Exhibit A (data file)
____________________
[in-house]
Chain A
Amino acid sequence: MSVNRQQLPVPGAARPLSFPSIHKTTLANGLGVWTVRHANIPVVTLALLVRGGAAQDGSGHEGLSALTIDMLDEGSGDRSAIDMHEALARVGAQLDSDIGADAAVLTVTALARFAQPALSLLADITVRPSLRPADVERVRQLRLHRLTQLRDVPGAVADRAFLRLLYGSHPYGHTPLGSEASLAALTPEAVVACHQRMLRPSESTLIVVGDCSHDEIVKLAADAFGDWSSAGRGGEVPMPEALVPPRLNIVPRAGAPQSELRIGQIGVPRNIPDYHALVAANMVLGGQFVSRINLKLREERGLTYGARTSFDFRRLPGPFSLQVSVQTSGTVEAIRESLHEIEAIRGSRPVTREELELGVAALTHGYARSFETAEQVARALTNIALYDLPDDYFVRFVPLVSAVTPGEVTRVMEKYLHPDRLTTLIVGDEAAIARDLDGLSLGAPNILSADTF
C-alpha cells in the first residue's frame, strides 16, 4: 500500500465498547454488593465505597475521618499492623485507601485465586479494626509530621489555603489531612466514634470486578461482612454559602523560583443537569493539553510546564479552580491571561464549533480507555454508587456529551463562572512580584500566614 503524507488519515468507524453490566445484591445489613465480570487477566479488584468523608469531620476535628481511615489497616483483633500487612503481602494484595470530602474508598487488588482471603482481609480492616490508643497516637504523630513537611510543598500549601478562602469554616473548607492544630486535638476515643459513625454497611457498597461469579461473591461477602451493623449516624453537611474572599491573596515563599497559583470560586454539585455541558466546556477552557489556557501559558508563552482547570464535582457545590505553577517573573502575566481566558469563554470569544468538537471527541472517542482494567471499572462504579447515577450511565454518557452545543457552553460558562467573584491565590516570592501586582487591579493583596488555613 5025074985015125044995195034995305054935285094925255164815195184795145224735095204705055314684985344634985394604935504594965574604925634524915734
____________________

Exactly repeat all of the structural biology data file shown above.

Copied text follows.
[in-house]
Chain A
Amino acid sequence: MSVNRQQLPVPGAARPLSFPSIHKTTLANGLGVWTVRHANIPVVTLALLVRGGAAQDGSGHEGLSALTIDMLDEGSGDRSAIDMHEALARVGAQLDSDIGADAAVLTVTALARFAQPALSLLADITVRPSLRPADVERVRQLRLHRLTQLRDVPGAVADRAFLRLLYGSHPYGHTPLGSEASLAALTPEAVVACHQRMLRPSESTLIVVGDCSHDEIVKLAADAFGDWSSAGRGGEVPMPEALVPPRLNIVPRAGAPQSELRIGQIGVPRNIPDYHALVAANMVLGGQFVSRINLKLREERGLTYGARTSFDFRRLPGPFSLQVSVQTSGTVEAIRESLHEIEAIRGSRPVTREELELGVAALTHGYARSFETAEQVARALTNIALYDLPDDYFVRFVPLVSAVTPGEVTRVMEKYLHPDRLTTLIVGDEAAIARDLDGLSLGAPNILSADTF
C-alpha cells in the first residue's frame, strides 16, 4: 500500500465498547454488593465505597475521618499492623485507601485465586479494626509530621489555603489531612466514634470486578461482612454559602523560583443537569493539553510546564479552580491571561464549533480507555454508587456529551463562572512580584500566614 503524507488519515468507524453490566445484591445489613465480570487477566479488584468523608469531620476535628481511615489497616483483633500487612503481602494484595470530602474508598487488588482471603482481609480492616490508643497516637504523630513537611510543598500549601478562602469554616473548607492544630486535638476515643459513625454497611457498597461469579461473591461477602451493623449516624453537611474572599491573596515563599497559583470560586454539585455541558466546556477552557489556557501559558508563552482547570464535582457545590505553577517573573502575566481566558469563554470569544468538537471527541472517542482494567471499572462504579447515577450511565454518557452545543457552553460558562467573584491565590516570592501586582487591579493583596488555613 5025074985015125044995195034995305054935285094925255164815195184795145224735095204705055314684985344634985394604935504594965574604925634524915734